As previously stated, the majority of moonshines are created from some form of maize meal or other grains. As a result, many authentic moonshines have a distinct “corny” flavor, which is not surprising. Obviously, this is dependent on the amount of corn meal used, as well as the other grains that have been added to the moonshine mixture (some distillers use rye, for example, to take out some of the overpowering taste of the corn meal).

  1. Real moonshine can sometimes be devoid of any discernible flavor.
  2. If the wine has been matured for a while, in particular, you should anticipate the alcohol to be smooth and even suspiciously so.
  3. Don’t be shocked if a batch of authentic moonshine has no flavor and no discernible kick when poured into a glass.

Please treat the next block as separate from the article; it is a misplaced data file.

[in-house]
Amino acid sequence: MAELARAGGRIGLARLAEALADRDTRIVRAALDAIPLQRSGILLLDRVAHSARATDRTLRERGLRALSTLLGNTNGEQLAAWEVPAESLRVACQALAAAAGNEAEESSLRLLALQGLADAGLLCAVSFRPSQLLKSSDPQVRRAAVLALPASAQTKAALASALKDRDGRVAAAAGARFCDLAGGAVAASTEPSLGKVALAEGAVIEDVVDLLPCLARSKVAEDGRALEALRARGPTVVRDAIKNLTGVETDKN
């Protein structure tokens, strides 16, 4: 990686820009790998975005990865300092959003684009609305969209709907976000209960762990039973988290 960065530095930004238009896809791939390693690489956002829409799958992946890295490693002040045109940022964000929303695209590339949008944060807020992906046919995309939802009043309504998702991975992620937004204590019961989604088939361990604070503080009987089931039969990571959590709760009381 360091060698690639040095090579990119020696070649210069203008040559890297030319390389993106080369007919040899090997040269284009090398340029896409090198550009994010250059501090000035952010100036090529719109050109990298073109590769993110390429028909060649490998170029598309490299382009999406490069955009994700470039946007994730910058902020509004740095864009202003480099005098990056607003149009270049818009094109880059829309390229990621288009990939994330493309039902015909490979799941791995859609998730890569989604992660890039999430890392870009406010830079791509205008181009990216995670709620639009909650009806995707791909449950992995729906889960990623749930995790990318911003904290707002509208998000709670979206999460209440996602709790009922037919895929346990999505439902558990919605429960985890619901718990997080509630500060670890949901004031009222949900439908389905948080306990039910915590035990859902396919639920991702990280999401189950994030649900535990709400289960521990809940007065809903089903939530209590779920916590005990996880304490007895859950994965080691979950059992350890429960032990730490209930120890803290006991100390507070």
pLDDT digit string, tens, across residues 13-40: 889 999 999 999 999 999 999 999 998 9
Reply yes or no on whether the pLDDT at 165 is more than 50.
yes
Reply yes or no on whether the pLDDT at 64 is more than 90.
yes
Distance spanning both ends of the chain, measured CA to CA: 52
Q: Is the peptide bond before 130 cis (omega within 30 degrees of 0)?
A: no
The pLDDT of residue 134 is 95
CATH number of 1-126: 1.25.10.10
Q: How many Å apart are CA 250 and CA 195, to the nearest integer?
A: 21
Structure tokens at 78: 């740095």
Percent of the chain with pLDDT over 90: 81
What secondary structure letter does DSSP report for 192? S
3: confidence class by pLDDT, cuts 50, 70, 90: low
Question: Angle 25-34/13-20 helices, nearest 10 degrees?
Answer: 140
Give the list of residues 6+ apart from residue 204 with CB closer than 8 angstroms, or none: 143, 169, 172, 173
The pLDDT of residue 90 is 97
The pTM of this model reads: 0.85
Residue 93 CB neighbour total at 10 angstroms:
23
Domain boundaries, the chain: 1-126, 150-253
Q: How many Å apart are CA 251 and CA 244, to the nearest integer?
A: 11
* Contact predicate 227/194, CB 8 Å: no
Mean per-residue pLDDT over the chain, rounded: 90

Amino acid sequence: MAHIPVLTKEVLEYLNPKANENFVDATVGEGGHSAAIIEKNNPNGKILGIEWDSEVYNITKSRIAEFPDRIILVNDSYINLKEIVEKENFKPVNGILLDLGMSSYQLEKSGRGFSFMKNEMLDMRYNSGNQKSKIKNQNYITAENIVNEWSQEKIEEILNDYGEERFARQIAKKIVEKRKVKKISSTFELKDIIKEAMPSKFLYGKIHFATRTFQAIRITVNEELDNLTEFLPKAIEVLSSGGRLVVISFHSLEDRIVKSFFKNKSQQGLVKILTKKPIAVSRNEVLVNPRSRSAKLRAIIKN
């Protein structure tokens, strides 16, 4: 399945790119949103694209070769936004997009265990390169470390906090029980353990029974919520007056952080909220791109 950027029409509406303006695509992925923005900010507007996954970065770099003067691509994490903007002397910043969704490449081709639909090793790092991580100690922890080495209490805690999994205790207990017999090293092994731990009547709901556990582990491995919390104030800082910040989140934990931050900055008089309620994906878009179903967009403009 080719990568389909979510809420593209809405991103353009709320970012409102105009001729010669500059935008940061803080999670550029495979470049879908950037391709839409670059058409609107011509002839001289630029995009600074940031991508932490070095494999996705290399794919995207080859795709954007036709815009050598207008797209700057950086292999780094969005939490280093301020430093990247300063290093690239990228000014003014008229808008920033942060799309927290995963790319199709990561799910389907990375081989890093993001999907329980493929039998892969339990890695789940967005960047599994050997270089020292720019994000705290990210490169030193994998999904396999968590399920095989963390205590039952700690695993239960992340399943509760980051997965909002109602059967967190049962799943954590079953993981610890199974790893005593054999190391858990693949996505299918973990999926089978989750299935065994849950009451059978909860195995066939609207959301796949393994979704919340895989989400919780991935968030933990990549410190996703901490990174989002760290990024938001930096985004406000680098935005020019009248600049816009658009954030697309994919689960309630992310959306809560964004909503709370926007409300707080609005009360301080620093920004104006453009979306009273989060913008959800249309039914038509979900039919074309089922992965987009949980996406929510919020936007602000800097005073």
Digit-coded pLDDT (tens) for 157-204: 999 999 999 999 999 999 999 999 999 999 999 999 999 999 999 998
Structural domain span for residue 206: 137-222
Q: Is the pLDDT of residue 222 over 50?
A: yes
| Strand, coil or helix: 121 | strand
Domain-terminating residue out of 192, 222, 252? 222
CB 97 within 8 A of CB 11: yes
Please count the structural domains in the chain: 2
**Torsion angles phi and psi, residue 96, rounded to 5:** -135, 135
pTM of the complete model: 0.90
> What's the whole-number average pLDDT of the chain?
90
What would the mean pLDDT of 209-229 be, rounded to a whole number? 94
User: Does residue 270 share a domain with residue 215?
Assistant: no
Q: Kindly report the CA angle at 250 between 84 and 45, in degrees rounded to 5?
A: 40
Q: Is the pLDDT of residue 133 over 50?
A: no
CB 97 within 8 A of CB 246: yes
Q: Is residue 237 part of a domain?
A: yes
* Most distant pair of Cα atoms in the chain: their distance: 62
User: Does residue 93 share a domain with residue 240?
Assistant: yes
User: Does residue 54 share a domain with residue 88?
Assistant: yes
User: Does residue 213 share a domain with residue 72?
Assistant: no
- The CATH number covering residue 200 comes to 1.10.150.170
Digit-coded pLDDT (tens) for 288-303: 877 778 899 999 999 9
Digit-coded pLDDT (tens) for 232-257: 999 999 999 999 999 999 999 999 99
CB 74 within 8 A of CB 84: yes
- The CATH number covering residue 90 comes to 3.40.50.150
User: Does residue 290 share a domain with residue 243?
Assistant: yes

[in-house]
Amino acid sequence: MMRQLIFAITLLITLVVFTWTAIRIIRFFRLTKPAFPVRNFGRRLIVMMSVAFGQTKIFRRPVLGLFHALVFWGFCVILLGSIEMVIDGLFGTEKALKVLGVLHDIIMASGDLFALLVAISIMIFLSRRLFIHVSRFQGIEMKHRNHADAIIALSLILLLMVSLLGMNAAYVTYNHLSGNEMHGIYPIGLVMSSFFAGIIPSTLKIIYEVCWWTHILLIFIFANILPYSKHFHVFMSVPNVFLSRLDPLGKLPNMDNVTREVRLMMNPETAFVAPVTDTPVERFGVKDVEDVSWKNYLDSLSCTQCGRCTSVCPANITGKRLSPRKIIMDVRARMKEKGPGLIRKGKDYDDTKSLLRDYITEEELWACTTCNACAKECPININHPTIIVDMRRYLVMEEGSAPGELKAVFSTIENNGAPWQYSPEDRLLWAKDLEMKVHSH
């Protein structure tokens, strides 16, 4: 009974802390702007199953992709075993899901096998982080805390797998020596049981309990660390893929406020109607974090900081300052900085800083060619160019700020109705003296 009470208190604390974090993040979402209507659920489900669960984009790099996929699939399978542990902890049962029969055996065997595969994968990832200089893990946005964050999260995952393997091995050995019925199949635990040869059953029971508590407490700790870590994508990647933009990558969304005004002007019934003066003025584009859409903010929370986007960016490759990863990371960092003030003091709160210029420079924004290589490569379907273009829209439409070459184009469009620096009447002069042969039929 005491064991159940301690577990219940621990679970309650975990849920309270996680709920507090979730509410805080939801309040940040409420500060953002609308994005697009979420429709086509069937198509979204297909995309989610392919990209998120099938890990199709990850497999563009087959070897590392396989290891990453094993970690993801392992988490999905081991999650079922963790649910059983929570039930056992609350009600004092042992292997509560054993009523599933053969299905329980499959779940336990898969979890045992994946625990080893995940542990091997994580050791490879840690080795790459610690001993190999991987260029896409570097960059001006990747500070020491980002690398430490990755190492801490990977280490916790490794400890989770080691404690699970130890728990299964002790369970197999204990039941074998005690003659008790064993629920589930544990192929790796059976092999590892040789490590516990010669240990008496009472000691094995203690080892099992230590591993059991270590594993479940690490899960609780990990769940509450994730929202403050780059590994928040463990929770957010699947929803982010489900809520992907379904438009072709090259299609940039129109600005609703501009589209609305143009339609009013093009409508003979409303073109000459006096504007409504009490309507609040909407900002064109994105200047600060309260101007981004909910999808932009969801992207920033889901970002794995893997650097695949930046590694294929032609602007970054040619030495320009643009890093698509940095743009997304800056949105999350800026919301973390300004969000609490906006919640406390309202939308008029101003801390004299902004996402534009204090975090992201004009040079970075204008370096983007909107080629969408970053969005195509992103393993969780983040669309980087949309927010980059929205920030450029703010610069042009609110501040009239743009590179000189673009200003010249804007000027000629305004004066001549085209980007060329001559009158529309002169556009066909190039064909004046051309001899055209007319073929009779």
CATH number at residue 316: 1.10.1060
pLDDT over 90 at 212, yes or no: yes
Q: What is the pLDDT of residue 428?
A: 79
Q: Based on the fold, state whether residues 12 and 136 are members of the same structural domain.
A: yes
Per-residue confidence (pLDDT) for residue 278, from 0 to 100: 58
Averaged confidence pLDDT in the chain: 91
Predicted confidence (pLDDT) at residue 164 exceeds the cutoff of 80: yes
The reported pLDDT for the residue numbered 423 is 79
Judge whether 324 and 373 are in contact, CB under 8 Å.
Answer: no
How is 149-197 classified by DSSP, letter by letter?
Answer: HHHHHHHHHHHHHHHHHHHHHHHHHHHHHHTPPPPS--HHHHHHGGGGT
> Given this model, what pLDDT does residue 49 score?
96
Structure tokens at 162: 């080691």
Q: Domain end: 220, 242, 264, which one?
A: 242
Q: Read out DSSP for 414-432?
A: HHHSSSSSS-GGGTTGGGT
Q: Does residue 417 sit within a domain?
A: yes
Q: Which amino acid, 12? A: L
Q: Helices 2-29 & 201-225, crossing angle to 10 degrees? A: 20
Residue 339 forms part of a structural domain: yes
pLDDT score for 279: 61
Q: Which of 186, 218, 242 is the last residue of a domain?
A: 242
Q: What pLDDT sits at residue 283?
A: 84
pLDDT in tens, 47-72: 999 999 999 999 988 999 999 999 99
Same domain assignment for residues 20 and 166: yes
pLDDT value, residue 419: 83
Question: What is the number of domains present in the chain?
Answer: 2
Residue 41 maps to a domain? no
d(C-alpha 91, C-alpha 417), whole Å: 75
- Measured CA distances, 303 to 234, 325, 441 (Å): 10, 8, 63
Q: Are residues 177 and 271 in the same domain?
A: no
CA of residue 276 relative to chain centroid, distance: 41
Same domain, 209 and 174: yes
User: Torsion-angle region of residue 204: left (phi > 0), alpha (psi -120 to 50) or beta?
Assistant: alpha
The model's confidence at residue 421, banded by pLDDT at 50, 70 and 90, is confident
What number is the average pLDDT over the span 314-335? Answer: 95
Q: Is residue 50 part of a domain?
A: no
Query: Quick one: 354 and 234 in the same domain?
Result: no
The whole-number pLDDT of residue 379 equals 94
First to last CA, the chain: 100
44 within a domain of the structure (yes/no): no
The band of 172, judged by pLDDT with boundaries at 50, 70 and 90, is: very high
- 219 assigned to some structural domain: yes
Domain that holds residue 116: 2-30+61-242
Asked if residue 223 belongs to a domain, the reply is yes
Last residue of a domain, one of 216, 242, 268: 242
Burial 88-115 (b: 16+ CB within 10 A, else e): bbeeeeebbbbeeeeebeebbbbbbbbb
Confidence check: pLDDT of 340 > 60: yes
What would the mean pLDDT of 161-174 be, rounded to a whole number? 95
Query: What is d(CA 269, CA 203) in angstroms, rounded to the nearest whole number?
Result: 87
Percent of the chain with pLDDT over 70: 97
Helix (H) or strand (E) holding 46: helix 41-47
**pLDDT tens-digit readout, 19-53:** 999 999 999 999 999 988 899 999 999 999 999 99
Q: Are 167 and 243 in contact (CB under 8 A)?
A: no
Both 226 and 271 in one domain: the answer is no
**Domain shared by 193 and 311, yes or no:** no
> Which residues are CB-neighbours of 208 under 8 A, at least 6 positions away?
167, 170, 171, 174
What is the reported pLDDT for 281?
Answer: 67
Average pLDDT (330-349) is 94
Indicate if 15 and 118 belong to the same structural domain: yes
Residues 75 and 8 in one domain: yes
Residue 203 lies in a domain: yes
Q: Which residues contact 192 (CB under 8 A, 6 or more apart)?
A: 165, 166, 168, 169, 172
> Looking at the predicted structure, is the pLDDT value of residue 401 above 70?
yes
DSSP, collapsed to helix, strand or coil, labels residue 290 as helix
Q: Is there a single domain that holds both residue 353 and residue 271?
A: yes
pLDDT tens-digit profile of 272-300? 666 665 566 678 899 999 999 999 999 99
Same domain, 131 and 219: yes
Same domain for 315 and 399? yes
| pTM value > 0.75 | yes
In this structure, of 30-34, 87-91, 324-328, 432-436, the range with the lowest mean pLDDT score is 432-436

4. It’s also vital not to interpret this as a license to gulp down your beverage in one sitting (because you will certainly feel it later).

Real moonshine can be sour or sweet, depending on the formula and the ingredients used (or bitter). In some cases, the alcohol has a taste that is nearly cider-like, whereas in others, the alcohol has a lemony flavor. That’s because fruits are occasionally added to moonshine to make it taste less harsh and more acceptable, however the amount and kind of fruit used will vary depending on the batch and where the moonshine is purchased.

True moonshine, on the other hand, has a distinct punch that distinguishes it from other spirits. Many of the actual moonshines you’ll come across will go down hot and fast—and may even come back up hot and fast. The effects of these powerful cocktails may be devastating if you’re not careful (and this is not an exaggeration). Would you be interested in giving it a shot? Check out the step-by-step instructions for making this moonshine.

How Strong Is Moonshine?